But this culture change would not have happened if it had not been for organizations like PTAG( Pittsburgh Trails Advocacy Group) http://www.ptagtrails.org This hard working organization driven by folks like Bill Kirk( above left in picture with three guys) and Dr. Jamie Pfaeffle ( middle guy), Dave Brunger, Mike Connors and a host of others who faithfully built, and maintained new trails and met with the county to propose their vision and execute their plans. We now have 42 miles of trails that are enjoyed by many due to the hard work of PTAG. PORC( Pittsburgh Off Road Cyclists) http://www.porcmtbclub.org is a club that supports local rides which utilize trails like North Park. Bob Bannon is the tireless organizer(seen above in the white chin warmer) and has created a weekly ride schedule that makes it possible for riders and new riders to get together. Momentum has been building in the Pittsburgh area when it comes to off road riding and this growing culture of people have also been inspired by Dirt Rag Magazine http://www.dirtragmag.com founded in Saxonburg,Pa by Maurice and Elaine Tierney 25 years ago. Dirt Rag has grown to international status and a lot of the folks associated with the magazine ride in North Park on thursday evenings as part of a weekly organized ride. As the synergy between these groups has meshed over the last several years, the amount of riders in our park system has risen exponentially each year. Where you would only see a rider every once in a while, you now see groups of riders in the park at all times. This synergy has also created a culture of commerce in that the county is anxious to privatize many of the attractions in the park like the zip line venue, a potential bike shop and running store, and current sandwich shop at the golf course. But perhaps the biggest attraction that has added to the culture of riding in the park has been a project developed by Mike Kotyk, Marty Maloney, Robin Maggs and Dirt Rag circulation guru and professional photographer Jon Pratt. http://www.jonpratt.com The Over the Bars Cafe http://www.otbbicyclecafe.com built in the old boathouse is an absolute home run and I will tell you why.

For years, I have often wondered why no one developed the abandoned boat house in the park. It is a classic building with a great view of North Park lake. OTB began as a cafe on the southside of the City of Pittsburgh and it helped drive the city cycling scene as a haven for recreational cyclists, messengers and racers. It was one of the first venues to put in bicycle racks as parking spaces and their success in the city inspired the owners to invest in the North Park location. After a lot of discussion and multiple meetings with county government, the lease was finalized and Mike, Marty, Robin and Jon had attained permission to develop their dream of a restaurant in a county park that would create a culture to further develop cycling and commerce. There was a lot of sweat equity put into the construction and remodeling of an old boat house but if you see it today, it is the gem of North Park with a great bar, comfortable seating, and outdoor tables with beautiful umbrellas and a fire pit that complement the wonderful view of North Park Lake. The menu is casual dining from breakfast through dinner and the weekly featured micro brews attract not only the active crowd in the park but the general public as well because currently the OTB is the hot place to be on a week night or a weekend. When one travels to the parking lot( and the expanded lot due to popularity), you see bike racks on vans, four wheel drives, and all types of vehicles because after a great ride on the roads or trails of North Park, the OTB is now the standard post ride meeting place for the active crowd. The thursday night ride that I referred to earlier is actually called the OTB Ride and it is organized by PTAG member Billy Kirk and his pal Dr. J( Jamie Pfaeffle). In fact North Park now has a freeride trail that one rides at his or her own risk. It is called the Dr. J Trail in deference to its creator who is a spearheading force in PTAG.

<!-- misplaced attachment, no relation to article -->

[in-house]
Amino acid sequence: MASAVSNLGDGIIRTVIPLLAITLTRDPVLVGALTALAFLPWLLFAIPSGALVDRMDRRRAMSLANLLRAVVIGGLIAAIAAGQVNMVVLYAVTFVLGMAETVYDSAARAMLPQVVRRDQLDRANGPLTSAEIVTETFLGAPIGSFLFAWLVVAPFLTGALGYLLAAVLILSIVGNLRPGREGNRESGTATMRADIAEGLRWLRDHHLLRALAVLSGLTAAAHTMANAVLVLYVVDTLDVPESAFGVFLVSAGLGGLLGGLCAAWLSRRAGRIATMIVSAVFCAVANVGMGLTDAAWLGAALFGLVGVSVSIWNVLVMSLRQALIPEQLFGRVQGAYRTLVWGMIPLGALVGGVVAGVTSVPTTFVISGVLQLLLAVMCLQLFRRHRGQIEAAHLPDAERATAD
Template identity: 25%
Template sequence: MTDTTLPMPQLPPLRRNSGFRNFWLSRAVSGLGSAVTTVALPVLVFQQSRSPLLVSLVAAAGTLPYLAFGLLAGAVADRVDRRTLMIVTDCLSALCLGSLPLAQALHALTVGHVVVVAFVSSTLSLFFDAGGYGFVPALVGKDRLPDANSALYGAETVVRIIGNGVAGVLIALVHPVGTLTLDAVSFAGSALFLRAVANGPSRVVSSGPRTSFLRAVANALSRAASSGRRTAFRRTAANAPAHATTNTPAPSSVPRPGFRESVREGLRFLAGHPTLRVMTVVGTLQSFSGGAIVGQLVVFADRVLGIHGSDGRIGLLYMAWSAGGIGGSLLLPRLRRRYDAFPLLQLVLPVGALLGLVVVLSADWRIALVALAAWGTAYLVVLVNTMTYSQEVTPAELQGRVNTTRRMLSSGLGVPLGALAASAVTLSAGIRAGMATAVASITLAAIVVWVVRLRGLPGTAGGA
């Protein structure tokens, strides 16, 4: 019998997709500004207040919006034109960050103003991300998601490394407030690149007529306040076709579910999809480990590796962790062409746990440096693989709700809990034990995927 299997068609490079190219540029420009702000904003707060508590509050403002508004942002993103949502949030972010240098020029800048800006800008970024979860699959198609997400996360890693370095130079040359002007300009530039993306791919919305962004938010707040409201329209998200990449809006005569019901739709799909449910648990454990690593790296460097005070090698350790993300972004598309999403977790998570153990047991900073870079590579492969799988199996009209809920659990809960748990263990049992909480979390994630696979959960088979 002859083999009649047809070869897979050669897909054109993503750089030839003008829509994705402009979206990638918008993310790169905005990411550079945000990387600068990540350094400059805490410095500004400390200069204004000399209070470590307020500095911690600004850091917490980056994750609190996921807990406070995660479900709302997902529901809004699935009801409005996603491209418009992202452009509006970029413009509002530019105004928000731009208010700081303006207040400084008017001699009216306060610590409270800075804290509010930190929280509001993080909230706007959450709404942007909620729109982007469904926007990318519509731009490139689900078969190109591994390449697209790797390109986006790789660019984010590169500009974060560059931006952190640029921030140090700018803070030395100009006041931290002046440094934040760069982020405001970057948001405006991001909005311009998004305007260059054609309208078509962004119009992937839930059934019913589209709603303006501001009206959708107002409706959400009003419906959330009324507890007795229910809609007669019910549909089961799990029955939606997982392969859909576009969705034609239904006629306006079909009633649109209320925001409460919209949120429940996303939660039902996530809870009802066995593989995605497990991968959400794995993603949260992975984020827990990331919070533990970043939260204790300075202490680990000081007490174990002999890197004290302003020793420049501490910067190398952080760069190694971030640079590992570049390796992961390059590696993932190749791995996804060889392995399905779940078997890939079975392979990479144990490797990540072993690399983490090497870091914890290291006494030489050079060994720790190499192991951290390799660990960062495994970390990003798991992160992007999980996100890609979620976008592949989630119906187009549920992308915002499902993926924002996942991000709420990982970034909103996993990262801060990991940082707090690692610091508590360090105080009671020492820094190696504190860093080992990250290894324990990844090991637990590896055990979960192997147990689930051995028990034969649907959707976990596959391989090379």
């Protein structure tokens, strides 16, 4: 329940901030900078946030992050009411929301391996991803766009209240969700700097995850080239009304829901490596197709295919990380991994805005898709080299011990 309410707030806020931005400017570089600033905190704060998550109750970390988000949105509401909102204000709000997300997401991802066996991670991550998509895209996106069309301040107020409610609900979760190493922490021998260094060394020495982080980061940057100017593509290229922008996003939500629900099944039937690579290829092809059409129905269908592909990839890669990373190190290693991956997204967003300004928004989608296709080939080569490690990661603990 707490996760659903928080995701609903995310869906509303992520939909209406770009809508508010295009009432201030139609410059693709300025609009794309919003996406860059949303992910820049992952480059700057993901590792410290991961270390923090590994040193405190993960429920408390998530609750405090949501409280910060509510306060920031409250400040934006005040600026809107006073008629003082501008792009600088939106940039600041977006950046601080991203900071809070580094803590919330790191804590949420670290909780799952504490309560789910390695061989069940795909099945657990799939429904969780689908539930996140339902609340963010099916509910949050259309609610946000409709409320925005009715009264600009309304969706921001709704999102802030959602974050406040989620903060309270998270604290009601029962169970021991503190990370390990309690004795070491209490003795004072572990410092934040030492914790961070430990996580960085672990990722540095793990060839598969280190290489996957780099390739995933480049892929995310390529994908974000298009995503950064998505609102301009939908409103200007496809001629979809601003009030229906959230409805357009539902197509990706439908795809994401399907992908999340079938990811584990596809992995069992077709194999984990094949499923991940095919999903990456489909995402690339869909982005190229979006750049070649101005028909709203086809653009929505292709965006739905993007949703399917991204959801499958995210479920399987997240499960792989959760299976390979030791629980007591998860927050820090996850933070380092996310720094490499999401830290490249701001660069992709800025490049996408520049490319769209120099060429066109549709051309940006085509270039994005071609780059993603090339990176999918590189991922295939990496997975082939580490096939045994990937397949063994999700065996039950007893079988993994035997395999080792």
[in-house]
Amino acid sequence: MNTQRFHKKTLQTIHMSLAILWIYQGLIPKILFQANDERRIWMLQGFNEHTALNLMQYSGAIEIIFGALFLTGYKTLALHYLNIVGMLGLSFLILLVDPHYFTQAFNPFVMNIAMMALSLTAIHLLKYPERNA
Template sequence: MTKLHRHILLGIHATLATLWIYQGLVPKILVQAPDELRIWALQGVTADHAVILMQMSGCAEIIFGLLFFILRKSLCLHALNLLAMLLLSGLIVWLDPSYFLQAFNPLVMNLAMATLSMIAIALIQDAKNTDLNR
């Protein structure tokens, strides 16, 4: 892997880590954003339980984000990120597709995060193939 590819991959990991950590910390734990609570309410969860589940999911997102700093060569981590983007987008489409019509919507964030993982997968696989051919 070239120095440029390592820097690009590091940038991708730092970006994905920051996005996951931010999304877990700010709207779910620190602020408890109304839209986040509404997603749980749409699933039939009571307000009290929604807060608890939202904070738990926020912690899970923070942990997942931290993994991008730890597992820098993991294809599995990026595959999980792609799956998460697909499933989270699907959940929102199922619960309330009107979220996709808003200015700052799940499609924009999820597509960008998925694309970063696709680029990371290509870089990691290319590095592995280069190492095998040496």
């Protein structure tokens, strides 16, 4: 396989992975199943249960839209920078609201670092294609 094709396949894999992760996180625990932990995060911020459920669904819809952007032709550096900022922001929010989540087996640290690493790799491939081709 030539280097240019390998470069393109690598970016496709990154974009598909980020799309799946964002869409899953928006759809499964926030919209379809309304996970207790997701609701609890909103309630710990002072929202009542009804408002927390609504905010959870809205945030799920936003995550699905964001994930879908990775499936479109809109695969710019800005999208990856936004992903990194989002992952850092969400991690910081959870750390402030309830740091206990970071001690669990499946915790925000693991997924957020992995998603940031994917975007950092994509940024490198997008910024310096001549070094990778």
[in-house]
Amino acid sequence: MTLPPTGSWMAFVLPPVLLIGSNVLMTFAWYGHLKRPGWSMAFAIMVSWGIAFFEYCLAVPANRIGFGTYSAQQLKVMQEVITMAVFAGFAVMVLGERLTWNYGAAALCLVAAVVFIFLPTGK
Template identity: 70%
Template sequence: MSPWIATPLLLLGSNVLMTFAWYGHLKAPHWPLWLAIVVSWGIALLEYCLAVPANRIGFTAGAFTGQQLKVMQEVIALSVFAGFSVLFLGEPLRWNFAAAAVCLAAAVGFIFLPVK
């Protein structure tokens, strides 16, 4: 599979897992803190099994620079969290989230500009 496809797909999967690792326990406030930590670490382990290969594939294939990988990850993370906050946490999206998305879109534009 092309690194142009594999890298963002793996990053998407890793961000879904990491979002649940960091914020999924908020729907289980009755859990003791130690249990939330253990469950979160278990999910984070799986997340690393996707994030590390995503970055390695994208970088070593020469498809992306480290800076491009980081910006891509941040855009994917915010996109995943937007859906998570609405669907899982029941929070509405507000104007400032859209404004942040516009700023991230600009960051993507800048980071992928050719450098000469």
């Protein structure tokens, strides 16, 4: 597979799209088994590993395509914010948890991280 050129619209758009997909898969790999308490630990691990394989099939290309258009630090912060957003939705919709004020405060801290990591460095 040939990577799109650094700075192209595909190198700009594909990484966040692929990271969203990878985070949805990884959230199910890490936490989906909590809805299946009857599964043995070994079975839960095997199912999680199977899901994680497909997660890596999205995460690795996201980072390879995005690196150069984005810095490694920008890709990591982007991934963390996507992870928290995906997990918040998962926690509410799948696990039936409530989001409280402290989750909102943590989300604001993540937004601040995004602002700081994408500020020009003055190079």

It is interesting to see how so many organizations, inspired riders, friends of the park, restaurants, cafes, bike shops, magazines have all come together to create this culture of riding and communing at such a wonderful local county facility. This culture not only creates the commerce that was envisioned by the Allegheny County Parks and Recreation, but it also has developed over a number of years with momentum as these organizations, businesses, and people come together for a common cause. The created energy here is really something to recognize and it should be an example to local communities across the country who wish to develop similar venues and cultures in their recreational parks and public places. This atmosphere has come a long way since I had to turn out my light and hope that the police would leave and let us ride the trails. Now the county police are really supportive and in fact there is a new mountain bike patrol around the lake where the county police ride bicycles to enforce the law. Who would have ever imagined? Personally I am really proud of our park and the culture that has been created. When I roll into that parking lot at Stone Field or the Boathouse, I have a smile on my face because I know that I am part of a culture that has been developed over many years that promotes healthy activities, commerce, and gathering places for all of us Type A individuals to tell stories and laugh and enjoy life. Thanks for reading and if you ever get to Pittsburgh, go to the OTB Cafe on the Southside or in North Park. You will quickly recognize that you are part of something really special.